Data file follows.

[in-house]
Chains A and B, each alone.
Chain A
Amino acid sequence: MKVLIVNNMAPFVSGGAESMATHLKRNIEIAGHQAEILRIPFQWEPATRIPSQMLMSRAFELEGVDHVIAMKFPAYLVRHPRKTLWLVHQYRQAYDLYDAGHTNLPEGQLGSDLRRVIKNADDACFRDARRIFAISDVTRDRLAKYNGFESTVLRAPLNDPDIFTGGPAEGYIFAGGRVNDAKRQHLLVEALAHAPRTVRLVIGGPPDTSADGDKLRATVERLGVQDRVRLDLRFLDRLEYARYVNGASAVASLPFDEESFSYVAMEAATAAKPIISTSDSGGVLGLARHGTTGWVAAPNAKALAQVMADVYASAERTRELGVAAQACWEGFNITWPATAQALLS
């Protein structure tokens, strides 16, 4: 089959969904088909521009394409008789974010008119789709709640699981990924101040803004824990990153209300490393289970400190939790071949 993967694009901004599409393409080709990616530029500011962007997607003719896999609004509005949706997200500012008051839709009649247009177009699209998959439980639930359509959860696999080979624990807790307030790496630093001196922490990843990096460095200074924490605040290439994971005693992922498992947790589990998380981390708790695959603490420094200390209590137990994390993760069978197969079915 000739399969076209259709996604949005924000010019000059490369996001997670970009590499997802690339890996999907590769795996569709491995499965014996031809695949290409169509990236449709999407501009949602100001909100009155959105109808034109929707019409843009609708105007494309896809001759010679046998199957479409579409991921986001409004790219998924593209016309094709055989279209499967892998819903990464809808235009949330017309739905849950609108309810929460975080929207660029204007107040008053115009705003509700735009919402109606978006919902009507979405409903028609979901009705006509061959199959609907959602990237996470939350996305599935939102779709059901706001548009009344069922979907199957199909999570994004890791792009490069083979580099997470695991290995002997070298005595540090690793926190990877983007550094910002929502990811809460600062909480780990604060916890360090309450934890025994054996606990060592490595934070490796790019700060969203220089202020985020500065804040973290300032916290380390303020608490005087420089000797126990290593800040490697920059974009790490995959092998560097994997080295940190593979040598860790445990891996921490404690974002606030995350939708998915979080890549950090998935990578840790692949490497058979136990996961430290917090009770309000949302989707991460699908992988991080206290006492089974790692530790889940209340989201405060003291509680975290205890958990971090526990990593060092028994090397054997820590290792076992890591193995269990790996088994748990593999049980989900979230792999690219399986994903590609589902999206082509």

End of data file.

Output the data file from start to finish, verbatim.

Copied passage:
[in-house]
Chains A and B, each alone.
Chain A
Amino acid sequence: MKVLIVNNMAPFVSGGAESMATHLKRNIEIAGHQAEILRIPFQWEPATRIPSQMLMSRAFELEGVDHVIAMKFPAYLVRHPRKTLWLVHQYRQAYDLYDAGHTNLPEGQLGSDLRRVIKNADDACFRDARRIFAISDVTRDRLAKYNGFESTVLRAPLNDPDIFTGGPAEGYIFAGGRVNDAKRQHLLVEALAHAPRTVRLVIGGPPDTSADGDKLRATVERLGVQDRVRLDLRFLDRLEYARYVNGASAVASLPFDEESFSYVAMEAATAAKPIISTSDSGGVLGLARHGTTGWVAAPNAKALAQVMADVYASAERTRELGVAAQACWEGFNITWPATAQALLS
């Protein structure tokens, strides 16, 4: 089959969904088909521009394409008789974010008119789709709640699981990924101040803004824990990153209300490393289970400190939790071949 993967694009901004599409393409080709990616530029500011962007997607003719896999609004509005949706997200500012008051839709009649247009177009699209998959439980639930359509959860696999080979624990807790307030790496630093001196922490990843990096460095200074924490605040290439994971005693992922498992947790589990998380981390708790695959603490420094200390209590137990994390993760069978197969079915 000739399969076209259709996604949005924000010019000059490369996001997670970009590499997802690339890996999907590769795996569709491995499965014996031809695949290409169509990236449709999407501009949602100001909100009155959105109808034109929707019409843009609708105007494309896809001759010679046998199957479409579409991921986001409004790219998924593209016309094709055989279209499967892998819903990464809808235009949330017309739905849950609108309810929460975080929207660029204007107040008053115009705003509700735009919402109606978006919902009507979405409903028609979901009705006509061959199959609907959602990237996470939350996305599935939102779709059901706001548009009344069922979907199957199909999570994004890791792009490069083979580099997470695991290995002997070298005595540090690793926190990877983007550094910002929502990811809460600062909480780990604060916890360090309450934890025994054996606990060592490595934070490796790019700060969203220089202020985020500065804040973290300032916290380390303020608490005087420089000797126990290593800040490697920059974009790490995959092998560097994997080295940190593979040598860790445990891996921490404690974002606030995350939708998915979080890549950090998935990578840790692949490497058979136990996961430290917090009770309000949302989707991460699908992988991080206290006492089974790692530790889940209340989201405060003291509680975290205890958990971090526990990593060092028994090397054997820590290792076992890591193995269990790996088994748990593999049980989900979230792999690219399986994903590609589902999206082509």